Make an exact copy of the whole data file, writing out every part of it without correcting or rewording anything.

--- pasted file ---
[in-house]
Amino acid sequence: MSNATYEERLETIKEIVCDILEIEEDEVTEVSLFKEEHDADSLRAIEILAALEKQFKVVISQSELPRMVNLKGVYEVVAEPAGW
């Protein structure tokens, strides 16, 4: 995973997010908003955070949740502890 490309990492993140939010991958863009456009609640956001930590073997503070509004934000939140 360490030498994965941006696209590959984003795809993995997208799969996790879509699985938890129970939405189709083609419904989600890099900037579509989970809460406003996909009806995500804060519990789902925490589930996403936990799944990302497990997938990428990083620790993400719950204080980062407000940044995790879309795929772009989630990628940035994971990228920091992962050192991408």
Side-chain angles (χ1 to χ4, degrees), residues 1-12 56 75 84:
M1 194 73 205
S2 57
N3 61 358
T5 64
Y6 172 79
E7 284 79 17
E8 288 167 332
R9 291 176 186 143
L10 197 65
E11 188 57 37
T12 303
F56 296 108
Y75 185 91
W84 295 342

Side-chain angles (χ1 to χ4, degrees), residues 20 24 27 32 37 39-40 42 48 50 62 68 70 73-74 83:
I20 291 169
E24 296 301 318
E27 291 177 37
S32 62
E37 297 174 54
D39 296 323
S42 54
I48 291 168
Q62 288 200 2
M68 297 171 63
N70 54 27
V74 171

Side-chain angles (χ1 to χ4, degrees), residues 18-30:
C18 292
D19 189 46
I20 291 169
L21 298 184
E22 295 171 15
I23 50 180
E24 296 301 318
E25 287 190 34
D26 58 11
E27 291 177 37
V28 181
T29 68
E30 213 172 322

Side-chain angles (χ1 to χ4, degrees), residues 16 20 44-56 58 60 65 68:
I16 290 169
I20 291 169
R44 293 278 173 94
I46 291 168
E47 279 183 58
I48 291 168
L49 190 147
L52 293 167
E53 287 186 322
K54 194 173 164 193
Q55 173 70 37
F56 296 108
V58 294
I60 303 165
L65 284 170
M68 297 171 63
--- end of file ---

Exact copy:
[in-house]
Amino acid sequence: MSNATYEERLETIKEIVCDILEIEEDEVTEVSLFKEEHDADSLRAIEILAALEKQFKVVISQSELPRMVNLKGVYEVVAEPAGW
């Protein structure tokens, strides 16, 4: 995973997010908003955070949740502890 490309990492993140939010991958863009456009609640956001930590073997503070509004934000939140 360490030498994965941006696209590959984003795809993995997208799969996790879509699985938890129970939405189709083609419904989600890099900037579509989970809460406003996909009806995500804060519990789902925490589930996403936990799944990302497990997938990428990083620790993400719950204080980062407000940044995790879309795929772009989630990628940035994971990228920091992962050192991408």
Side-chain angles (χ1 to χ4, degrees), residues 1-12 56 75 84:
M1 194 73 205
S2 57
N3 61 358
T5 64
Y6 172 79
E7 284 79 17
E8 288 167 332
R9 291 176 186 143
L10 197 65
E11 188 57 37
T12 303
F56 296 108
Y75 185 91
W84 295 342

Side-chain angles (χ1 to χ4, degrees), residues 20 24 27 32 37 39-40 42 48 50 62 68 70 73-74 83:
I20 291 169
E24 296 301 318
E27 291 177 37
S32 62
E37 297 174 54
D39 296 323
S42 54
I48 291 168
Q62 288 200 2
M68 297 171 63
N70 54 27
V74 171

Side-chain angles (χ1 to χ4, degrees), residues 18-30:
C18 292
D19 189 46
I20 291 169
L21 298 184
E22 295 171 15
I23 50 180
E24 296 301 318
E25 287 190 34
D26 58 11
E27 291 177 37
V28 181
T29 68
E30 213 172 322

Side-chain angles (χ1 to χ4, degrees), residues 16 20 44-56 58 60 65 68:
I16 290 169
I20 291 169
R44 293 278 173 94
I46 291 168
E47 279 183 58
I48 291 168
L49 190 147
L52 293 167
E53 287 186 322
K54 194 173 164 193
Q55 173 70 37
F56 296 108
V58 294
I60 303 165
L65 284 170
M68 297 171 63